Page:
9. NASA, NTSS, SSP 41004 PT1, REV H – Common Berthing Mechanism to Pressurized Elements Interface Control

Listed below are relevant technical papers that will be applied to various aspects of this crew-lock design.

  1. Department of Defense, Expandable Airlock Experiment (D021) and the Skylab Mission (1972)
  2. NASA, Design and Construction of an Expandable Airlock (1968)
  3. NASA, Clemson University, Honeywell Corporation, Breadboard Development of the Advanced Inflatable Airlock System for EVA (2003)
  4. NASA, EVA-EXP-0031 – Extravehicular Activity (EVA) and Alternative Ingress/Egress Methods Document (2018)
  5. NASA, Bigelow Aerospace, SSP-57239 – Bigelow Expandable Activity Module (BEAM) to International Space Station (ISS) Interface Control Document (2012)

Customer and Engineering Requirement Changes

Due to the detailed benchmarking obtained from the Technical Papers and Standards, and some talks with the customer, some of the Customer and Engineering Requirements have been either removed, modified, or changed. Below are the summary of changes for the Customer and Engineering Requirements tables.The full Customer Requirements and Engineering Requirements files can be downloaded in the Design Review Materials Section at the bottom of this page.

As shown below, CR#7 was removed after speaking with the customer. In an effort to refine the scope, integration with NASA modules is no longer required. The customer reiterated that the focus of this project should be on pressure management, human elements, and the deployment method of the crew-lock.

Customer Requirements - Phase II Removed

Customer Requirements - Phase II Removed

As shown below, ER#'s 4, 8, 9, 10, 17, 18, and 19 were removed after speaking with the customer and considering our own design constraints. In an effort to refine the scope, some safety elements, like the inclusion of fire extinguishers, smoke detectors, Umbilical Cord assemblies, and toolboxes is no longer required. In addition, many technical papers documenting past deployable space structures did not include any of these items during their first-phase analysis, designs, build, and tests. Weight capacity is no longer considered due to the inability to non-destructively test this on the final, scaled structure. Deployment time and Structural Weight are no longer listed as a requirements, but rather as resulting specifications of our design and build process.

Engineering Requirements - Phase II Removed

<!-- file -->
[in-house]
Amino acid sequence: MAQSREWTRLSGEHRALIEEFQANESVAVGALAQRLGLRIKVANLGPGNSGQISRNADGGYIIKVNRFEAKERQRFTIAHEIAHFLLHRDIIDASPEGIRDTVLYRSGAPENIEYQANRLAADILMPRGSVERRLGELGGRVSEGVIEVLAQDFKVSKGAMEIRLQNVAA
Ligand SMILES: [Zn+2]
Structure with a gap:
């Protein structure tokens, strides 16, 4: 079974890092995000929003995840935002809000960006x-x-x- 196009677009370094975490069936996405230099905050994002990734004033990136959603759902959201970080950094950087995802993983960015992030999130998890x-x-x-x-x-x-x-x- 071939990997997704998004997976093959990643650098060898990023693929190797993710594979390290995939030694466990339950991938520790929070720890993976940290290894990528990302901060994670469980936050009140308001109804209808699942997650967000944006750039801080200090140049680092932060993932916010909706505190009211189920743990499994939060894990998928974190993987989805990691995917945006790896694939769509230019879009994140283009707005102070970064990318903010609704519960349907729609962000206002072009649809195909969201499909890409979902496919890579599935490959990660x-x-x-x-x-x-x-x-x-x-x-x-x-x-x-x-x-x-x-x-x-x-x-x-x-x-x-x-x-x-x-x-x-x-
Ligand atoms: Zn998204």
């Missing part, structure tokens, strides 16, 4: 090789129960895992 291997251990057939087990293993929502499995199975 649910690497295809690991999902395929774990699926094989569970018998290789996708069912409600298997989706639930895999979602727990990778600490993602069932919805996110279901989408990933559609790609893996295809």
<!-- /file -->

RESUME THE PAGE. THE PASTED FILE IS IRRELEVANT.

Engineering Requirements - Phase II Removed

As shown below, ER#'s 1, 2, 3, 5, 6, 8, and 19 were modified to more accurately reflect what was read in technical papers and NASA standards. This will help the team guide the design for the deployable crew-lock, based on past and existing deployable and rigid space structures.

Engineering Requirements - Phase II Modified

Engineering Requirements - Phase II Modified

As shown below, ER#'s 7, 4, 15, 16, 17, and 18 were added to more accurately reflect what was read in technical papers and NASA standards. This will help the team guide the design for the deployable crew-lock, based on past and existing deployable and rigid space structures.

Engineering Requirements - Phase II Added

Engineering Requirements - Phase II Added

Morphological Chart

After the functional decomposition of the crew-lock, the creation of a Morphological Table followed. Below is an organized manner of viewing solutions for subsystems within the crew-lock system. The Morphological Chart can be downloaded in the Design Review Materials Section at the bottom of this page.
Morphological Table

Morphological Table

Feasibility Analysis

The following are a series of preliminary, high-level feasibility analysis that the team has done in order to gauge whether the concepts and solutions to functional challenges are feasible. These analysis cannot be downloaded below in the Design Review Materials section at the bottom of the page; however, the images of them can be found in this section. The files can also be found in the Systems Level Design public directory under Feasibility Analysis.